One of the most common problems you may have with your piercing is a red bump forming around the piercing. These bumps, called hypergranulations, can form even if you take a good care of your piercing, but are more common with neglected piercings.
One more reason to perform adequate aftercare and to take a good care of your piercings!
Hypergranulations form around the piercings in healing, though it is not unheard of to have one formed around an old piercing, particularly if it’s infected. That being said, most of hypergranulation bumps form around piercings in healing, which is one of the reasons to always take a great care of your new piercing and to observe it closely to notice any problems.
Keep in mind that a piercing is essentially a wound in healing. Hypergranulations form around wounds, and piercings are no different. These growths can form quickly around a piercing in healing, particularly if the piercing is subjected to significant level of moisture. Another common problem that can lead to development of bumps is infection – infected piercings often produce hypergranulations. Finally, keep in mind that trauma and other injuries to your piercing can lead to the development of hypergranulation tissue.
There are two ways in which hypergranulations manifest around a piercing. The first one is a reddish bump at one side of the piercing. It is typically formed on the side, but it can appear almost anywhere around a piercing. Many of those bumps look puffy and like they are filled with fluid.
The other common form is a red, puffy tissue around the piercing. These hypergranulations without a bump are more common around surface piercings, but it’s not a rule.
Hypergranulations always have a raised appearance and tend to be reddish in color. Often times, they resemble keloid scars, but are less extreme and usually much easier to remove. Keep in mind that a hypergranulation is always localized around the piercing and doesn’t spread much in other directions. It is an aesthetic problem but easier to control than keloid scars and it’s also less problematic for the health. That being said, some hypergranulations can get out of control so it’s always important to seek medical attention in the case of hypergranulations. While some cases can be successfully treated at home, sometimes there is nothing you can do. If the hypergranulations persist or if they grow and cause further problems, it is vital to seek medical attention.
As with many other problems with piercings, it is best to treat hypergranulations as soon as they start forming. This gives you the best chance to treat them completely and without much hassle.
How to Treat Hypergranulations
Oftentimes, hypergranulations form as a result of the pressure jewelry makes on the piercing. This is why changing jewelry to a more comfortable piece is typically the first thing to do if you wish to treat and stop hypergranulations. In this case, you may need to change jewelry for a smoother, lighter or longer jewelry piece. It is best to switch to jewelry made of hypo-allergenic material such as titanium or BioPlast.
If this happens during the initial stages of healing, make sure to consult your piercer to change the jewelry for you. Never attempt to change jewelry by yourself unless the piercing is healed or at least pass the initial stages of healing.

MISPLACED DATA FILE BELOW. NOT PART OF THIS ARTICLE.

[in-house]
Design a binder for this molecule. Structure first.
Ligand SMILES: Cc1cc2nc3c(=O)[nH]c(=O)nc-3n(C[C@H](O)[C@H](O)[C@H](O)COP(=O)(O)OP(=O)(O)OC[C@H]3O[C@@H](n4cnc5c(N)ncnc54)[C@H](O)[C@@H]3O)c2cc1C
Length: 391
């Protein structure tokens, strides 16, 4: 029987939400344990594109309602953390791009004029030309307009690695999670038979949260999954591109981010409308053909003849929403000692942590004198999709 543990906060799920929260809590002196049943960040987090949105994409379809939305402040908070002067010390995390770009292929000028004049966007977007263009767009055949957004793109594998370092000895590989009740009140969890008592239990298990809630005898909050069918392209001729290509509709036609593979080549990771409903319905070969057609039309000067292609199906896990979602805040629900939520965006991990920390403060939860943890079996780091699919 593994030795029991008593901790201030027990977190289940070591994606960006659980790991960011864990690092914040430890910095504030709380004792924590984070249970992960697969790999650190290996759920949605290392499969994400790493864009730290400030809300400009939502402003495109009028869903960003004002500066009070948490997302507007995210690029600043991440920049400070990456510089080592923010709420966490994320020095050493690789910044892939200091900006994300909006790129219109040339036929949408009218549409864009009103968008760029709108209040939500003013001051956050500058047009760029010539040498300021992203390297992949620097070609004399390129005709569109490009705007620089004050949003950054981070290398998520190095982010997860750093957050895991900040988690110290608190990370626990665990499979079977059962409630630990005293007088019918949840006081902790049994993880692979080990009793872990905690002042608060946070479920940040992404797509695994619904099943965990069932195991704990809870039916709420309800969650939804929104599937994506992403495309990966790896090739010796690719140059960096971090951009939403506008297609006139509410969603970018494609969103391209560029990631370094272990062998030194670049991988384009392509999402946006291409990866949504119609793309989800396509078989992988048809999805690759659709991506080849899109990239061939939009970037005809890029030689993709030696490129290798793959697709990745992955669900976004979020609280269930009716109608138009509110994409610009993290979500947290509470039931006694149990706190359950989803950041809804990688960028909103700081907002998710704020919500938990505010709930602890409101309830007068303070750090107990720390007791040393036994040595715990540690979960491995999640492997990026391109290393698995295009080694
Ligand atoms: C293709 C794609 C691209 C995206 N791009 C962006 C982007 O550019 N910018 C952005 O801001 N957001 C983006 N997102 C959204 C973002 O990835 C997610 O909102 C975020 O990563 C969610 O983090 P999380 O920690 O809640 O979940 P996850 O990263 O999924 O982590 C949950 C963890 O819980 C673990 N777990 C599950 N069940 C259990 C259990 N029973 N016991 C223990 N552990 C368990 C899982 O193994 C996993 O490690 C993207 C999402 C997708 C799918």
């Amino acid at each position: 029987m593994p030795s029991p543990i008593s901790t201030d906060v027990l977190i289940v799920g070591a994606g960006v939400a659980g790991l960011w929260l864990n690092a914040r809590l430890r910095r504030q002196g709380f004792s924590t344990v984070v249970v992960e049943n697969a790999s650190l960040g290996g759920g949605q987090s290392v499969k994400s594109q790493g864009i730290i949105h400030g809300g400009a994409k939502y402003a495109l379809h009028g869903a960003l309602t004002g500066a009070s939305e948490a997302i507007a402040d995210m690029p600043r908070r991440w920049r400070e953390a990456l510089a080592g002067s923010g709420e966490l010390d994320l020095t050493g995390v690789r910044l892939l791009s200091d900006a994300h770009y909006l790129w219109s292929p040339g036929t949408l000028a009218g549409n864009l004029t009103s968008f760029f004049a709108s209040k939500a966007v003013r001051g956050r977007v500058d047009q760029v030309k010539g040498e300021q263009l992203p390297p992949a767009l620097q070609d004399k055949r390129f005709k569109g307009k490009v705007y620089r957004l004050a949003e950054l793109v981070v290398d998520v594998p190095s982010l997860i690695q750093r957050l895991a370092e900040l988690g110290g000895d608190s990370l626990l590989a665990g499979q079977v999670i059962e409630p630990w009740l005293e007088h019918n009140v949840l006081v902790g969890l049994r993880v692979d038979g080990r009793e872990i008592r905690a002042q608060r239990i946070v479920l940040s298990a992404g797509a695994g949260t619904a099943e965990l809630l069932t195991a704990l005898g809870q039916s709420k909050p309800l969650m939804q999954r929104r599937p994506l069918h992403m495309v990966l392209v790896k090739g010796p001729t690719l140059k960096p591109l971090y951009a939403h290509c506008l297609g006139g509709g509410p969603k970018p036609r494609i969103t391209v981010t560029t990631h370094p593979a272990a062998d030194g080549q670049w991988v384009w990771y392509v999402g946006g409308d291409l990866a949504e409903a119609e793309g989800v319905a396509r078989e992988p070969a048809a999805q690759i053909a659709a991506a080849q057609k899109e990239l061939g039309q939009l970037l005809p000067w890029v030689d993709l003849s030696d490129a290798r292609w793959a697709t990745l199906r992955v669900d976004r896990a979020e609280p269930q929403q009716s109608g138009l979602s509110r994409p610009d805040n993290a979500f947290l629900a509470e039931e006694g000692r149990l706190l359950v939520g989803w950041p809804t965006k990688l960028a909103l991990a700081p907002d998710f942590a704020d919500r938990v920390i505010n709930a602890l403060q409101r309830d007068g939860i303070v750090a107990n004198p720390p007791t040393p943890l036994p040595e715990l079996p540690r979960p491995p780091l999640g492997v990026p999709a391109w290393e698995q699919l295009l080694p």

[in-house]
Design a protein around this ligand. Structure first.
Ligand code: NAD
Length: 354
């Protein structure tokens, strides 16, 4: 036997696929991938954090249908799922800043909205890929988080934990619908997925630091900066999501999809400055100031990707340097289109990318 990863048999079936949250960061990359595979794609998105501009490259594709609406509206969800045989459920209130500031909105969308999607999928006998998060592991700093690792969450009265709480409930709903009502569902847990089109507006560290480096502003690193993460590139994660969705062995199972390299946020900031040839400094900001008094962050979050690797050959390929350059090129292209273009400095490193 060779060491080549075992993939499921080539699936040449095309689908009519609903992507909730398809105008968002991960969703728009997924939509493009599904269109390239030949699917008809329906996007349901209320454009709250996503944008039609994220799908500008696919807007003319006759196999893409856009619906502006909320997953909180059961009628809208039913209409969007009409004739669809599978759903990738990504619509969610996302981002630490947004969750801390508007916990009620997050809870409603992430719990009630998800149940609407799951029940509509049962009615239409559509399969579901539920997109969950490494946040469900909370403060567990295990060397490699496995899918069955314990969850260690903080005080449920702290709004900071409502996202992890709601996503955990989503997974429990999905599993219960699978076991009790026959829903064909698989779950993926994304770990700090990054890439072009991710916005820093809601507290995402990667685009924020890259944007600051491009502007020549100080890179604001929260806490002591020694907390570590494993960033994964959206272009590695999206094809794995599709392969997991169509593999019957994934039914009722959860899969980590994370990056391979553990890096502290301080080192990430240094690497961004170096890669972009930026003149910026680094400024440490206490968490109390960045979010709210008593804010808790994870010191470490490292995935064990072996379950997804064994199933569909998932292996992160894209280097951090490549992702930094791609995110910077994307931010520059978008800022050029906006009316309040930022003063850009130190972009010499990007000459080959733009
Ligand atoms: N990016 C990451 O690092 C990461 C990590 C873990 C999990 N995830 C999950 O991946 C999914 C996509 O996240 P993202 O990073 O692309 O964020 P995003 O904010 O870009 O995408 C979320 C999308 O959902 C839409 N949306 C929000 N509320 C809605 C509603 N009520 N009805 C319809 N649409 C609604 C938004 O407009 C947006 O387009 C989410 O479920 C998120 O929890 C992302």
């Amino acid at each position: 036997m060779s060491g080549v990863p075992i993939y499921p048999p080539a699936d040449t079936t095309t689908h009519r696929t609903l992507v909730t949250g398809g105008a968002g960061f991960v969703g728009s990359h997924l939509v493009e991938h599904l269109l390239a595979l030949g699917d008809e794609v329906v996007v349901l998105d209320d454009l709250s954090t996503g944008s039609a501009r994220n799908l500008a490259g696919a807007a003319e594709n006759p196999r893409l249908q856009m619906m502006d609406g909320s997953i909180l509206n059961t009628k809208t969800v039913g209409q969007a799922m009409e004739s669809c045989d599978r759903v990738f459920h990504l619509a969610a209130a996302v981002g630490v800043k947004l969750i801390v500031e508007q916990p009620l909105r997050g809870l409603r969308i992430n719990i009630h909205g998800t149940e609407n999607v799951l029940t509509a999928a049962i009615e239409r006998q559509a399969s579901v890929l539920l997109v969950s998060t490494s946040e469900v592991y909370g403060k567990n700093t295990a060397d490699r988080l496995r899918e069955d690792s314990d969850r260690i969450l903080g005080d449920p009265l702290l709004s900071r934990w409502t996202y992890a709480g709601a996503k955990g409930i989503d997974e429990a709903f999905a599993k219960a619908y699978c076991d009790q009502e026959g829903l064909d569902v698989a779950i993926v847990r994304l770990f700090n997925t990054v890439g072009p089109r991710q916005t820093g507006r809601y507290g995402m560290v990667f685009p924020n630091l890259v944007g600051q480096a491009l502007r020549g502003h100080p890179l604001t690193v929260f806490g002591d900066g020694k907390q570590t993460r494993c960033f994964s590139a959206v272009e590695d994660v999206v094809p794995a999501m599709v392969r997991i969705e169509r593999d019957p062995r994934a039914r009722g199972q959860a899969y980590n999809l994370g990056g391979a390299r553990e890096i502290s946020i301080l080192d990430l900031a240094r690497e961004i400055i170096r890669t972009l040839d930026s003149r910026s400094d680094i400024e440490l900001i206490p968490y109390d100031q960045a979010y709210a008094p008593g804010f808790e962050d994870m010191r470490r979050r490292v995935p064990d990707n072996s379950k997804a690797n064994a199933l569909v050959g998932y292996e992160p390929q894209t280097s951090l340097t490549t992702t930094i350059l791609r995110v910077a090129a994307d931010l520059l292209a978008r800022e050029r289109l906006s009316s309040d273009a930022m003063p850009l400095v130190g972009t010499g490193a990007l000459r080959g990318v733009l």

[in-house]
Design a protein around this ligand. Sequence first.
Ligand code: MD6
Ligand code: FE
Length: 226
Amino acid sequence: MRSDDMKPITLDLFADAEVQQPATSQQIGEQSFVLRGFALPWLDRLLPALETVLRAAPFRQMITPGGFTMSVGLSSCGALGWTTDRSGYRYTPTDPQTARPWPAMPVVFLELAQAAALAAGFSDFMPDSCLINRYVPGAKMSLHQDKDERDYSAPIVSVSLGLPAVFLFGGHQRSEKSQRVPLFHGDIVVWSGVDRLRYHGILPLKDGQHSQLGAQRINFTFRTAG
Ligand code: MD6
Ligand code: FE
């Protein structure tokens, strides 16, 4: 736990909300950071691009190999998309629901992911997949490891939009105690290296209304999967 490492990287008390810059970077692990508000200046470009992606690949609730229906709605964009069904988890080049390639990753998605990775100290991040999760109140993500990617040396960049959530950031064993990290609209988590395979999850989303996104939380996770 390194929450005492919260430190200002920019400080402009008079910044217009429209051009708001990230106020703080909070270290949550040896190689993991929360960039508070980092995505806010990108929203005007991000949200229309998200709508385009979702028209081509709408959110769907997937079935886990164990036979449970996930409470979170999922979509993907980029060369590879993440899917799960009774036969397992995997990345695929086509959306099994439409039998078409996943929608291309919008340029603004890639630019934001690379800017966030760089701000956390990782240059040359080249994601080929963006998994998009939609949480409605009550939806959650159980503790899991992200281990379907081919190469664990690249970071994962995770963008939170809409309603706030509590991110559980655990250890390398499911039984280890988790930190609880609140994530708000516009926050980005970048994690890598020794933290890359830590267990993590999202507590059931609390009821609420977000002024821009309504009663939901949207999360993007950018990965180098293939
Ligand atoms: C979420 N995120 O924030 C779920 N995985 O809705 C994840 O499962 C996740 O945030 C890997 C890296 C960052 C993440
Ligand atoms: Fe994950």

In order to get rid of the hypergranulation tissue, you need to use sea salt solution soaks several times per day. Alternatively, you may use specialized aftercare sprays made for piercings in healing, provided that they are not too harsh. The gentlest way to go is to make your own saline solution. If your piercing is in healing, use the solution you’d apply anyway as part of your cleaning regime. This time, however, make sure to add one or two more saline soaks per day than your usual amount.
Other than saline soaks, it is important to keep your piercing dry. Keep in mind that moisture makes the matters worse, so your piercing should be kept clean and dry.
You should see an improvement within a few days to a week. While he hypergranulation might not disappear completely, it should be smaller and your piercing should show signs of improvement. In case this doesn’t happen even after a week, you should seek advice from your doctor.
Do not wait – hypergranulations can turn into infections or scars, and you want to avoid that at all costs.
Additional Info and Tips
- Do not mistake hypergranulations for other problems, such as piercing infections, acne or keloid scars. If in doubt, consult your piercer. However, keep in mind that it’s vital to talk to your doctor to get true medical advice and help.
- Typically, hypergranulations form around navel and nostril piercings, but can develop anywhere. Do not assume that you are risk-free if you get a piercing that is not commonly known for causing hypergranulations.
- To improve healing, make sure to get plenty of rest. Eat healthy meals and drink plenty of water.
- Do not disturb your piercing. Make sure it doesn’t get caught on clothes or during your sleep. Never touch your piercing and don’t twist or turn the jewelry.
- If you cannot treat a hypergranulation or if it gets worse, it is advisable to consult your doctor.
- One of the best ways to prevent hypergranulations is to perform adequate aftercare for your piercing in healing and to observe your piercing regularly to notice any changes.
- In some extreme cases, hypergranulations cannot be treated while the jewelry is still in and while the piercing exists. In this case, you will need to retire your piercing. However, if it’s done properly you may be able to get re-pierced when the tissue is rested and healed.